A swimming pool was built and a new classroom for younger children erected.

The first school uniform was introduced in 1964 with "school colours" established as royal blue and yellow.

 

By 1975 the school roll had risen to 94 children and the school appointed its first Deputy.

 

Bradworthy School's first PTA was formed in 1981 and continues to do exceptional work in support of the school and our children to this day.

 

In 1983 original school was converted into a hall equipped with gymnasium apparatus for Physical Education plus stage blocks and lights for drama. A new teaching block was built on the site of the former playground and linked to the original building. Four new classrooms were built with under-floor central heating, linking doors and for the first time indoor toilets.

 

Mr Richard Stephenson took over as Headteacher in January 1998, on the retirement of Vivian Gale after a record 21 years as Headteacher, and at this point there were 88 children on the school roll.

This was at a point where the new "National Curriculum" and Standard Assessment Tests (SATs) for seven and eleven year old children were still relatively new developments and the cause of much "angst" in schools across Britain.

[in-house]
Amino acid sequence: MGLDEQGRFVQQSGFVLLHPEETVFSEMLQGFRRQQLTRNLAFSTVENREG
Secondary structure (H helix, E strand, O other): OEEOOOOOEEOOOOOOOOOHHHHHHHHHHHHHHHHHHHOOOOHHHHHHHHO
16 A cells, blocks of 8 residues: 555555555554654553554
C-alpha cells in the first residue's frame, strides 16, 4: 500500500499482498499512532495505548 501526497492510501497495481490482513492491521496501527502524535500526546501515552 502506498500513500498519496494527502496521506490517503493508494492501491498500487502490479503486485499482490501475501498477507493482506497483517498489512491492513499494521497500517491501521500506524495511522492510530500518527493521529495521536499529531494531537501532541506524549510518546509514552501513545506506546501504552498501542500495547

At the earliest stage we set about creating an environment where high levels of achievement were created, not through academic "hot housing" but through the development of an extended curriculum, and access for all children to music, drama, sport and art so that creativity was placed firmly at the centre of our work.

 

We entered a phase where our school roll rose drastically to 145 children when we converted to academy status in 2011 and to a record 203 children at the time of writing, in Spring 2020.

 

In September 2002 the school benefited from a building project in response to this increasing school roll, which required the setting up of an extra class. The project has allowed us to construct a purpose built area for our younger children which included a large new classroom with an adjacent covered outdoor play area which is accessible by children in our Foundation Class. We were also able to provide our younger children with their own toilet and cloakroom areas away from the rest of the school.

 

Over a period of ten years our school grew from the four classes we had in 1998 to seven classes, which allow us to teach our children in single Year Groups.

Whilst this was a huge step forward in terms of educating our children it provided huge challenges in terms of the space required to educate these children effectively - challenges which persist to this day.